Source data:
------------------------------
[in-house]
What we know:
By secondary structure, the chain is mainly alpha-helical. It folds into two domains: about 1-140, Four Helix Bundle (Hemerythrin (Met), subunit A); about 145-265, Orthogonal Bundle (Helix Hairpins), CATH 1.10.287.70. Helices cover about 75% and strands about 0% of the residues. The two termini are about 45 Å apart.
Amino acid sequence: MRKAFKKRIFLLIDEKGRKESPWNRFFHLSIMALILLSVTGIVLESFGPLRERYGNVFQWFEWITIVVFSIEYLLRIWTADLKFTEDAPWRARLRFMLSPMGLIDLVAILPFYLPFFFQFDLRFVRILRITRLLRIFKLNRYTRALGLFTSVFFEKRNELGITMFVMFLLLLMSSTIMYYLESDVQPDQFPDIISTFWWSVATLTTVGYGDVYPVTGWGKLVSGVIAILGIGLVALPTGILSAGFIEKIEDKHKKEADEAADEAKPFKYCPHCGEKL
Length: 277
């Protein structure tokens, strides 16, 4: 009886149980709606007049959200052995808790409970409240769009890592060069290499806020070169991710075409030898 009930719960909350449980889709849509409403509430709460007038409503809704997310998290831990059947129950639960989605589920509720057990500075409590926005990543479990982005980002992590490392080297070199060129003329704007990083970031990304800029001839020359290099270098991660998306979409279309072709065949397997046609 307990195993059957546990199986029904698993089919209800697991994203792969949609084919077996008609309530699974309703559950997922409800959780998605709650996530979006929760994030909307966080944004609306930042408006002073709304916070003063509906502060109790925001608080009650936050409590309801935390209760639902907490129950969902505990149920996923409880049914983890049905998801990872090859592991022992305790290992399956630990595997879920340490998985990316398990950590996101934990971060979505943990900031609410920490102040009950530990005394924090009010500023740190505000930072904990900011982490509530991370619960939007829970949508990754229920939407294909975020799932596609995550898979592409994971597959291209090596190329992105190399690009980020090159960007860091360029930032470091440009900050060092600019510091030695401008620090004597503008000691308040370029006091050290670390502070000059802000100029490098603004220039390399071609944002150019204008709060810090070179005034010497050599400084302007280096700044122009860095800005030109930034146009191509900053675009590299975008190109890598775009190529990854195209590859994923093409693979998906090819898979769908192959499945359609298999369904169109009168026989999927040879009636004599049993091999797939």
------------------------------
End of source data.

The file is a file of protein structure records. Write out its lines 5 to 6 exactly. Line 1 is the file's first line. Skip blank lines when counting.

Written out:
Length: 277
């Protein structure tokens, strides 16, 4: 009886149980709606007049959200052995808790409970409240769009890592060069290499806020070169991710075409030898 009930719960909350449980889709849509409403509430709460007038409503809704997310998290831990059947129950639960989605589920509720057990500075409590926005990543479990982005980002992590490392080297070199060129003329704007990083970031990304800029001839020359290099270098991660998306979409279309072709065949397997046609 307990195993059957546990199986029904698993089919209800697991994203792969949609084919077996008609309530699974309703559950997922409800959780998605709650996530979006929760994030909307966080944004609306930042408006002073709304916070003063509906502060109790925001608080009650936050409590309801935390209760639902907490129950969902505990149920996923409880049914983890049905998801990872090859592991022992305790290992399956630990595997879920340490998985990316398990950590996101934990971060979505943990900031609410920490102040009950530990005394924090009010500023740190505000930072904990900011982490509530991370619960939007829970949508990754229920939407294909975020799932596609995550898979592409994971597959291209090596190329992105190399690009980020090159960007860091360029930032470091440009900050060092600019510091030695401008620090004597503008000691308040370029006091050290670390502070000059802000100029490098603004220039390399071609944002150019204008709060810090070179005034010497050599400084302007280096700044122009860095800005030109930034146009191509900053675009590299975008190109890598775009190529990854195209590859994923093409693979998906090819898979769908192959499945359609298999369904169109009168026989999927040879009636004599049993091999797939």